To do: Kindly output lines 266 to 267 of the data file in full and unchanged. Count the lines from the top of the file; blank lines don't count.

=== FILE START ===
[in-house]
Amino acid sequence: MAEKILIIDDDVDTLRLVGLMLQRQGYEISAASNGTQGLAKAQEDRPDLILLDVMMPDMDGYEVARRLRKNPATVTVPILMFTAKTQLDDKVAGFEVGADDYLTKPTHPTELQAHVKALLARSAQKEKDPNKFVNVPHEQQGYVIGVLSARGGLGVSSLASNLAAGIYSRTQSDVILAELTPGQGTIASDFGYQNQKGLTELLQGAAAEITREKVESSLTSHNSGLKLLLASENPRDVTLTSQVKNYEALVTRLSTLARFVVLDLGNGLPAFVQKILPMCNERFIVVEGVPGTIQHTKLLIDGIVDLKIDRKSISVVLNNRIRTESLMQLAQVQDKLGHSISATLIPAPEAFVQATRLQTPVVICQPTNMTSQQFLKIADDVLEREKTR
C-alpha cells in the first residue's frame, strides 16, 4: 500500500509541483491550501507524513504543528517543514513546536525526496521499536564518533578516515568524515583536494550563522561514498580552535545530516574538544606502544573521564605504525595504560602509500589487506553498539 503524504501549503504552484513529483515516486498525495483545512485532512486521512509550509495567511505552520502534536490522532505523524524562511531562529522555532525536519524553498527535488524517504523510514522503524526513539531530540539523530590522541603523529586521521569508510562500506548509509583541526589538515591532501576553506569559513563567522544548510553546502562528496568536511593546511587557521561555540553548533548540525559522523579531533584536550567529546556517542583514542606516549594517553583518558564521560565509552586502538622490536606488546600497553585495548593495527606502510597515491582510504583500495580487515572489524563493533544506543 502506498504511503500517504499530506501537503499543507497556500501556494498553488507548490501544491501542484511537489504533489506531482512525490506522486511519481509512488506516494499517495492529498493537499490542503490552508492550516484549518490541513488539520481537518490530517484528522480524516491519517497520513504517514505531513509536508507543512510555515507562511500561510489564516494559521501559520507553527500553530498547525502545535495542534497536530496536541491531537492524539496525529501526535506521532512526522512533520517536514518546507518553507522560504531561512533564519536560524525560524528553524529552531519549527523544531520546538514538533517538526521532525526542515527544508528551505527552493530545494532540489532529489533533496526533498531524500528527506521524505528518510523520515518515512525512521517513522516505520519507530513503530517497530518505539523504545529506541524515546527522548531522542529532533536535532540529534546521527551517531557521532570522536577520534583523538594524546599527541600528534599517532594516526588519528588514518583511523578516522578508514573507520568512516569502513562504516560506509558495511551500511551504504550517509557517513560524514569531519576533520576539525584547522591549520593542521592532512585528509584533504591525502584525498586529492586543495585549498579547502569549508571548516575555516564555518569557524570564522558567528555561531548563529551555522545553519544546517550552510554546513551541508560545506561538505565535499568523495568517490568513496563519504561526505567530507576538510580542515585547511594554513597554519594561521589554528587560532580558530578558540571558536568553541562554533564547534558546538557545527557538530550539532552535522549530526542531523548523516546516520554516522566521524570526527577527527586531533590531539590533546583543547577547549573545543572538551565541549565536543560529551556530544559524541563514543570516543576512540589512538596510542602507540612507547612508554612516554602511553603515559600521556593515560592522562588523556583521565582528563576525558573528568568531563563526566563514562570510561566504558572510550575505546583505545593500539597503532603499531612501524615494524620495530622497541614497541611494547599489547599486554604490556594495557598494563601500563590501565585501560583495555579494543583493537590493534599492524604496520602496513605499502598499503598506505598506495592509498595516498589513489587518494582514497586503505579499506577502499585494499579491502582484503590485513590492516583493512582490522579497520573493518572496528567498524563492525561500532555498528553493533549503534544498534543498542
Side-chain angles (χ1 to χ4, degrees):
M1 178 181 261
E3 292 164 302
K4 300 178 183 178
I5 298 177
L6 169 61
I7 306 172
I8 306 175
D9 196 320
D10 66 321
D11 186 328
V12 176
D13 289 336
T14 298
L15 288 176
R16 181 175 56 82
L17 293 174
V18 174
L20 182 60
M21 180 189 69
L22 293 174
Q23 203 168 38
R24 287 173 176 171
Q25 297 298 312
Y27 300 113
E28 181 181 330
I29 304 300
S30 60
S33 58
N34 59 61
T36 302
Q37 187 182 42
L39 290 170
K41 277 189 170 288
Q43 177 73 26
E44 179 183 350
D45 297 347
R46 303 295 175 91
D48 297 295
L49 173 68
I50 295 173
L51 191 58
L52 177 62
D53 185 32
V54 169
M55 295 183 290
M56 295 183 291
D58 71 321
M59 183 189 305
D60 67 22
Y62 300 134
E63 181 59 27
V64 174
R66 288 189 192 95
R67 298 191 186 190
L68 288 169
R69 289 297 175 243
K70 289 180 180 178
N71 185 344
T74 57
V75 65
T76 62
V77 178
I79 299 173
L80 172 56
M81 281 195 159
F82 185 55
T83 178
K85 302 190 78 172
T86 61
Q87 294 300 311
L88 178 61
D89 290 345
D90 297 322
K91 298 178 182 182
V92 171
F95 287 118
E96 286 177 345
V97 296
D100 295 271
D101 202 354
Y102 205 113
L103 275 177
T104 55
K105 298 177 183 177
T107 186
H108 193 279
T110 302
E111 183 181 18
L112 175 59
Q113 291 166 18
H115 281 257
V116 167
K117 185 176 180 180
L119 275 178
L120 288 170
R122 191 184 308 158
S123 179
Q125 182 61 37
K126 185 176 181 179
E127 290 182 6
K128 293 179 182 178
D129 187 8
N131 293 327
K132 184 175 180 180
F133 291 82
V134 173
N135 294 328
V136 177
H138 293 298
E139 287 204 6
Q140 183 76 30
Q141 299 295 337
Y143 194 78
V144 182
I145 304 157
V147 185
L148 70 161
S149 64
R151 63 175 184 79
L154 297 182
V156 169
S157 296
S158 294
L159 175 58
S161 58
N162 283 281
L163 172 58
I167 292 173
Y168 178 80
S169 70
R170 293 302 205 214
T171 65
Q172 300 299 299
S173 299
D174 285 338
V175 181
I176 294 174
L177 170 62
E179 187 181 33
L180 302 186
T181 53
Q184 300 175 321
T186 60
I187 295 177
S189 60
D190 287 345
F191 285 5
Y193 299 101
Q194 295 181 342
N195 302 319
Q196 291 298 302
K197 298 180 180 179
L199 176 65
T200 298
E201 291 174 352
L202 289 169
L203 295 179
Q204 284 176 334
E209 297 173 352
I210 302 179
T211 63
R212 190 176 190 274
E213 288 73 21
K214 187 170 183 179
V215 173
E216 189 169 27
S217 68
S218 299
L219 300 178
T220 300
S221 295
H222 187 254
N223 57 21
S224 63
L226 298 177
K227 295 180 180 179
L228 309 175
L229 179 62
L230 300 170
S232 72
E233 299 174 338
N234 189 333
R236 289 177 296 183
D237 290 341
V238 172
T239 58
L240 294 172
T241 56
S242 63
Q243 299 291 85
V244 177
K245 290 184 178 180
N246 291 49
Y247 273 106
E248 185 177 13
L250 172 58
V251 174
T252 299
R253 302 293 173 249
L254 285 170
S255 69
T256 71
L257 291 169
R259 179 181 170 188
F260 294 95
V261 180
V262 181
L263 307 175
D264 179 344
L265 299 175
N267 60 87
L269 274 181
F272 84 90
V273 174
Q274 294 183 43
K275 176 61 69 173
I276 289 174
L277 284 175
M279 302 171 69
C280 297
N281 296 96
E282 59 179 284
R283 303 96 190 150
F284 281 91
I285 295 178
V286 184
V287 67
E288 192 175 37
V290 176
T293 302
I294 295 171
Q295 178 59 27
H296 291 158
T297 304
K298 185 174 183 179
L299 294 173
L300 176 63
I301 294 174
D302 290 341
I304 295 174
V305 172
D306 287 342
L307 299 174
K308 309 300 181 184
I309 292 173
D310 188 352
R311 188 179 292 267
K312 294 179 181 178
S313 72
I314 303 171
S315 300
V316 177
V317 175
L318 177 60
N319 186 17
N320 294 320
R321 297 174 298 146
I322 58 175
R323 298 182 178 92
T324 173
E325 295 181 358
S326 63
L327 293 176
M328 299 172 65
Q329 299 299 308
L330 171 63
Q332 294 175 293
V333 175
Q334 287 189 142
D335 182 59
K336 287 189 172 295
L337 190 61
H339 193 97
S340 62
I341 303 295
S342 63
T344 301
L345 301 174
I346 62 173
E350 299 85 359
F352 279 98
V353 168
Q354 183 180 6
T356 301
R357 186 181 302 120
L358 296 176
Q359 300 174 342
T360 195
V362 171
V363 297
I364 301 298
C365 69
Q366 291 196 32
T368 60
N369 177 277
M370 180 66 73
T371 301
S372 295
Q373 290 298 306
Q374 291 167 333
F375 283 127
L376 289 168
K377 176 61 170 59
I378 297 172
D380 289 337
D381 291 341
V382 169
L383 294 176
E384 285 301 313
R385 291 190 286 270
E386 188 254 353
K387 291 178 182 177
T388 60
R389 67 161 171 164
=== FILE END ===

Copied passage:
S326 63
L327 293 176